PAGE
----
Docker is one of the faster growing open source project. Less than 5 months after launching, the project had 60K+ users, over 6000 github stars, over 100 derivative projects, and over 150 significant contributors from around the world. Docker has been integrated into a number of key projects (Chef, Puppet, Jenkins, Travis, Vagrant, OpenStack), and has been deployed at some of the largest web properties, stirring hype and controversy in the open-source community in the process. But what the hell does a “container engine” do, and why is everyone so excited?
In this presentation, Victor Vieux, one of the core engineer of Docker, will explain the philosophy and history behind Docker, show examples of the projects built by the Docker ecosystem, and paint a picture of how Docker can change the way we think about software distribution and deployment. He will also speak about the rationale for writing Docker in Go, and the impact that has has on the project growth. In the presentation, he will show a number of examples, including how to build a open source playground for Go.
We have recently been working on a game called hackerbots whose server-side component we chose to author in go. We learned quite a few lessons about how to write server-side code in go along the way. A few of the things we will discuss include:
How to test for (and solve) leaking go routines
How to use the profiler to uncover issues with your code
Mixing websockets and http for game play and game control
Go concepts that help us separate game state, player updates, and network traffic
Optimizing JSON serialization for minimal traffic while maintaining human readability
How go got in our way, and what we did to make it less painful- how to debug and fix 'frozen' server code
We will discuss what it is about go that really helped us write our game, with a focus on sharing stories that stand apart from the typical anecdotal reasons for choosing go.
Come learn how we used the go tooling to keep our game within the constraints of a tiny virtual machine whilst having a blast doing so.
The robotics revolution has already begun. You can buy drones and robotic devices at local retail stores. Unfortunately, it’s hard to develop code for robots, and nearly impossible to create solutions that integrate multiple different kind of devices. Introducing Gobot, a set of robotics libraries written in the Go programming language. Gobot can communicate with many different kinds of hardware devices, and integrate them together. With surprisingly few lines of code, you can write interesting applications that tie together Arduinos, ARDrones, Spheros, and more… even all at the same time! The time has come for Go powered robotics, and Gobot is here to help!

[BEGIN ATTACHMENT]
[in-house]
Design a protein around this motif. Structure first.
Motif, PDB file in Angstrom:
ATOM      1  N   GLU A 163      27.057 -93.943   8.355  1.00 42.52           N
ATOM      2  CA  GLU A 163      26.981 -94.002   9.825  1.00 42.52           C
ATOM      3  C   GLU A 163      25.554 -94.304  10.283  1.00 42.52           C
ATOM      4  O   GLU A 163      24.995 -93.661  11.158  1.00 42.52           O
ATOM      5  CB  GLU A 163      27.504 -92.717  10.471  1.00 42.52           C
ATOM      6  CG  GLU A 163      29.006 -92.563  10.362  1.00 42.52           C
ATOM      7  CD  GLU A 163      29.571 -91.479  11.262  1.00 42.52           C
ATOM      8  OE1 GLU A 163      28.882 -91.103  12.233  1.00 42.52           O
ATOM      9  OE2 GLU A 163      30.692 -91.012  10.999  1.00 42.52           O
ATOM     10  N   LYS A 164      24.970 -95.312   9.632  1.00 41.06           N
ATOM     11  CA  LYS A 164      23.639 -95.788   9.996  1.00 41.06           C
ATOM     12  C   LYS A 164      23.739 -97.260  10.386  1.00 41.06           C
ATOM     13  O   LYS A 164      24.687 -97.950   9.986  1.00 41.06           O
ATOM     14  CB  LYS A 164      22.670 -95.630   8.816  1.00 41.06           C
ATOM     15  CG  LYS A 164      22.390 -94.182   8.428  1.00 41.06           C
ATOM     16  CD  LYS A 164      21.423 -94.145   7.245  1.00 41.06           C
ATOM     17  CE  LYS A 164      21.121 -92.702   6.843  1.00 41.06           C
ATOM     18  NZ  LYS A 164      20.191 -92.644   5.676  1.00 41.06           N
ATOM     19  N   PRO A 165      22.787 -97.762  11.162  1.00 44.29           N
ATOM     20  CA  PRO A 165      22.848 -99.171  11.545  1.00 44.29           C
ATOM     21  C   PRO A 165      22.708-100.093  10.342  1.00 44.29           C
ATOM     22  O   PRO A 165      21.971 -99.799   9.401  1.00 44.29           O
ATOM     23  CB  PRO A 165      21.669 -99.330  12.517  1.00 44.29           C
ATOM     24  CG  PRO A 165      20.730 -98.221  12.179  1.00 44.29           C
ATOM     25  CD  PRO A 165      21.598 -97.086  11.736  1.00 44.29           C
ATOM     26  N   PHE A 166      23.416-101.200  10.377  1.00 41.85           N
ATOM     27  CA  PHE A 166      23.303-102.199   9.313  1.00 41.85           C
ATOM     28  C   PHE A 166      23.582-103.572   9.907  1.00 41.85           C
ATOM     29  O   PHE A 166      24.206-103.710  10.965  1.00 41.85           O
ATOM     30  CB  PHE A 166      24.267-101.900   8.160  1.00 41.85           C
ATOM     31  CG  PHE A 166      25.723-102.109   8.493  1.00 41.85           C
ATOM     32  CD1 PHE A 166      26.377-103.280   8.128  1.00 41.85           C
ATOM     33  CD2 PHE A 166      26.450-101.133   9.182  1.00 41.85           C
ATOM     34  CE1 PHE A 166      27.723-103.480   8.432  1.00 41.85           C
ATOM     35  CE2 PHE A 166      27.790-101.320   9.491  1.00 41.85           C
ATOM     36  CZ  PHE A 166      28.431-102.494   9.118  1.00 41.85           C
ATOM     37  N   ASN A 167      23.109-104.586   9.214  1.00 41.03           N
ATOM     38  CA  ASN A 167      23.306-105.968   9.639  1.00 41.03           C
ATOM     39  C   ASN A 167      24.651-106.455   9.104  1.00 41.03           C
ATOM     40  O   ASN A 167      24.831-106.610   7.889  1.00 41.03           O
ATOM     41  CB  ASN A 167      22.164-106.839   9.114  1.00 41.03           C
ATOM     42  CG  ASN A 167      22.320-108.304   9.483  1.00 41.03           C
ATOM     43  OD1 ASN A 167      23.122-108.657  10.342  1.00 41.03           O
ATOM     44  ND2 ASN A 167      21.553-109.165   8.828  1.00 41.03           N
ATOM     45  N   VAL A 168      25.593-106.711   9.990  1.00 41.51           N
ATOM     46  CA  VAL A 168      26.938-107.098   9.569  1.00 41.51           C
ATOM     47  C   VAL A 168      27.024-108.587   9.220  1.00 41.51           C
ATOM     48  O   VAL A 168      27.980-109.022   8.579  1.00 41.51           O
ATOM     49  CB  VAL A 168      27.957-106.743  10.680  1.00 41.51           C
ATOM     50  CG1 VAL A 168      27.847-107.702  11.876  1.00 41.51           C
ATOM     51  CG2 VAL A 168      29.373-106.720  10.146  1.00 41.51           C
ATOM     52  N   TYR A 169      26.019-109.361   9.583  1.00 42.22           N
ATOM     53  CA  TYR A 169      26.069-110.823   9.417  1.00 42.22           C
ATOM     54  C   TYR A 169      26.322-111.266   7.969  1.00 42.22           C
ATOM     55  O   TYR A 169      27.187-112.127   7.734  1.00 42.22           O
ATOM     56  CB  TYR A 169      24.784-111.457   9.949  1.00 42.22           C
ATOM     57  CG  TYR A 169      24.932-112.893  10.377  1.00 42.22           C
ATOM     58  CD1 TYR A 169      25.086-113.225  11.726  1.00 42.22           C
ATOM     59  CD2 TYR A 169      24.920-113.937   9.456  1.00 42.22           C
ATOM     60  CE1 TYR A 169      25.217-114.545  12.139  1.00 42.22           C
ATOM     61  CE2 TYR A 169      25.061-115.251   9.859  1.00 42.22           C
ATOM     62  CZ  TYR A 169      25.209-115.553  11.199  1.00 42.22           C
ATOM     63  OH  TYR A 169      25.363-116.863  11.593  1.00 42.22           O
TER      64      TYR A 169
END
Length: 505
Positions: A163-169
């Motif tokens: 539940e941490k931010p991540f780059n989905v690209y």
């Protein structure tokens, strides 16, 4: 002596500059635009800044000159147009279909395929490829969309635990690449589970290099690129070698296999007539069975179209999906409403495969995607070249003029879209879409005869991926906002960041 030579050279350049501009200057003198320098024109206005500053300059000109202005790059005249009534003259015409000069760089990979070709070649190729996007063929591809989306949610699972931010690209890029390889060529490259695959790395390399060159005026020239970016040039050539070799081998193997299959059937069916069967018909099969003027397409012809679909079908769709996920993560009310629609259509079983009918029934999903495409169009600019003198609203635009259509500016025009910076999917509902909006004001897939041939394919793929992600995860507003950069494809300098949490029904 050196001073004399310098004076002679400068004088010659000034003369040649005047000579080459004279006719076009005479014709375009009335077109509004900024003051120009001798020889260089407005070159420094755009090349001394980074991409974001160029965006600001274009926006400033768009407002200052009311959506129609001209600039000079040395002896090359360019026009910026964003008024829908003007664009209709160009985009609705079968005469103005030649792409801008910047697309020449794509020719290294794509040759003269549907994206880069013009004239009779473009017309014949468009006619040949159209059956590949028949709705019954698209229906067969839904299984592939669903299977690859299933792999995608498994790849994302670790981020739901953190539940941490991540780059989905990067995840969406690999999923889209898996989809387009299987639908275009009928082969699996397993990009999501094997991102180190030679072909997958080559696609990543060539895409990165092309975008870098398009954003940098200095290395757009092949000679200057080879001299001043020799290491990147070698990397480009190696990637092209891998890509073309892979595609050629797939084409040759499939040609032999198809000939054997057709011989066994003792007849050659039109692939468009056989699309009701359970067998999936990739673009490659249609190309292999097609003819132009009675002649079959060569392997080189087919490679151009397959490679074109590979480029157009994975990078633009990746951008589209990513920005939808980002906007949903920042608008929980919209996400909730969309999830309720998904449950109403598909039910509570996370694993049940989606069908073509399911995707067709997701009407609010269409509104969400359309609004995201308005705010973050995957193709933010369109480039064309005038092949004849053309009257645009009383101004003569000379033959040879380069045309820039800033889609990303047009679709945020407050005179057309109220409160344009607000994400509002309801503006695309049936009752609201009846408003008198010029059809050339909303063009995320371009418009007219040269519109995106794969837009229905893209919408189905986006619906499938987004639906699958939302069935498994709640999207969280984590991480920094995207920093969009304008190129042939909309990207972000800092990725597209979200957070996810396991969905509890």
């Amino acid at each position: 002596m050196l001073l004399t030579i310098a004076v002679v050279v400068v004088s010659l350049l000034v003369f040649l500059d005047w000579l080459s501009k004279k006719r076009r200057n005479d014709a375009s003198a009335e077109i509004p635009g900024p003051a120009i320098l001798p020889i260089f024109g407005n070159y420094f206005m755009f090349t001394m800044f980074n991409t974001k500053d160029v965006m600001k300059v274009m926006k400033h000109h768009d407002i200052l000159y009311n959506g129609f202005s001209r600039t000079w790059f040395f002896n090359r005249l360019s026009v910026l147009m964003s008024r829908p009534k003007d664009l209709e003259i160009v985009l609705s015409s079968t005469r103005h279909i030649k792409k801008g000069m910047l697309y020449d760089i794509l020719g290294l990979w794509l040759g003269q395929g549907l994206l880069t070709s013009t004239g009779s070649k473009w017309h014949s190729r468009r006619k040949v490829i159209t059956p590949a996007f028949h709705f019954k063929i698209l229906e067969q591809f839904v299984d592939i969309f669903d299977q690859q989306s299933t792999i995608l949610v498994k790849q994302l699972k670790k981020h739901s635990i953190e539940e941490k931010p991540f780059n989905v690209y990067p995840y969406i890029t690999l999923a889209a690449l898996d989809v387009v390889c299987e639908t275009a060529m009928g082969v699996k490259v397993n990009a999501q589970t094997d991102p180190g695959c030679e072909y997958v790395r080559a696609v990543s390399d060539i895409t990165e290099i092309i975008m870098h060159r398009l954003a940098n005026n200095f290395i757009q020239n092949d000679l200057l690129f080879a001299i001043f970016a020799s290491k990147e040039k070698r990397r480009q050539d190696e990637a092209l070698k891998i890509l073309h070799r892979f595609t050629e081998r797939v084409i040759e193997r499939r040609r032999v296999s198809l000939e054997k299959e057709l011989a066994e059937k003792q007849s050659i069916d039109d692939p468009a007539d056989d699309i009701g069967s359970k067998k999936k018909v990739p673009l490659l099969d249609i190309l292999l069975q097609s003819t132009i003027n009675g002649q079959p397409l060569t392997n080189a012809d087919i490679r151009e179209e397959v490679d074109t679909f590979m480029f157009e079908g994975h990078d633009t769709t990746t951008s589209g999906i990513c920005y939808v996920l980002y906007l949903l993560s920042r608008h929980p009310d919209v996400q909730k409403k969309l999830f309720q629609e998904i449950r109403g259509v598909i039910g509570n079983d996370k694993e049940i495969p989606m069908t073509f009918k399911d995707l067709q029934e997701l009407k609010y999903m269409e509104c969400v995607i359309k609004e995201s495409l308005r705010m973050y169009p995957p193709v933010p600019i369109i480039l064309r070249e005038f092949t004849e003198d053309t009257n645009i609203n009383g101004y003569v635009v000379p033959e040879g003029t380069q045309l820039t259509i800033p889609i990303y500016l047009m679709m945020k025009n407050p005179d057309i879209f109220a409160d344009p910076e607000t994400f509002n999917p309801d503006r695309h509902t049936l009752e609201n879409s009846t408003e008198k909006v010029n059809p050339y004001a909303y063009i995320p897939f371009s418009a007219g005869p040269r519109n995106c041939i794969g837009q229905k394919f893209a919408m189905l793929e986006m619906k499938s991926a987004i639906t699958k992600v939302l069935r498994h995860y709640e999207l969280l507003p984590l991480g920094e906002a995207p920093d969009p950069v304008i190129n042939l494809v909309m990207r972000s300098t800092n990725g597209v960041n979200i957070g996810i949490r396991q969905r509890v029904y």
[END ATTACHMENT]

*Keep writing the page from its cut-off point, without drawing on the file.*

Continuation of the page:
Presented with the realization that his thunder for his original talk had been covered by the presenters from the previous day Blake switched it up and conducts an insightful panel with the Go team, instead of his original presentation:
Go's stdlib is filled with interesting solutions to fun problems. I will surface them for your amusement and also in hopes to give everyone a better understanding of Go's use of its own simple, yet powerful features.
I will show how to use Go's database/sql package, with MySQL as an example. Although the documentation is good, it's dense. I'll discuss idiomatic database/sql code, and cover some topics that can save you time and frustration, and perhaps even prevent serious mistakes.
Go is well-known as a rising star in building infrastructure and networked services. But it also makes an excellent choice for building developer tools that are downloaded and run on diverse, uncontrolled environments around the world. I will briefly cover why Go makes such an excellent choice for creating developer tools, but the talk will focus primarily on how to solve the most common problems unique to these tools. I will cover how to bundle non-code asset files, safely cross-compile release builds, remotely auto-update, gracefully handle crashes and more by drawing on lessons and techniques learned building my own developer tool, ngrok.
Despite what many compiler-fearing communities may say, Go is a fantastic language in which to build web services. This talk will start by catching everyone up on the Go standard library's HTTP packages, their strengths, and their weaknesses. We'll talk about JSON and its relationship with Go data structures, learn about Go's excellent support for reflection and how we can use it and the Go compiler to create safe APIs. Using some choice open-source packages we'll create higher-level APIs, collect metrics, and write tests. Finally, we'll get our Go web services into production and talk about stopping gracefully and restarting without downtime.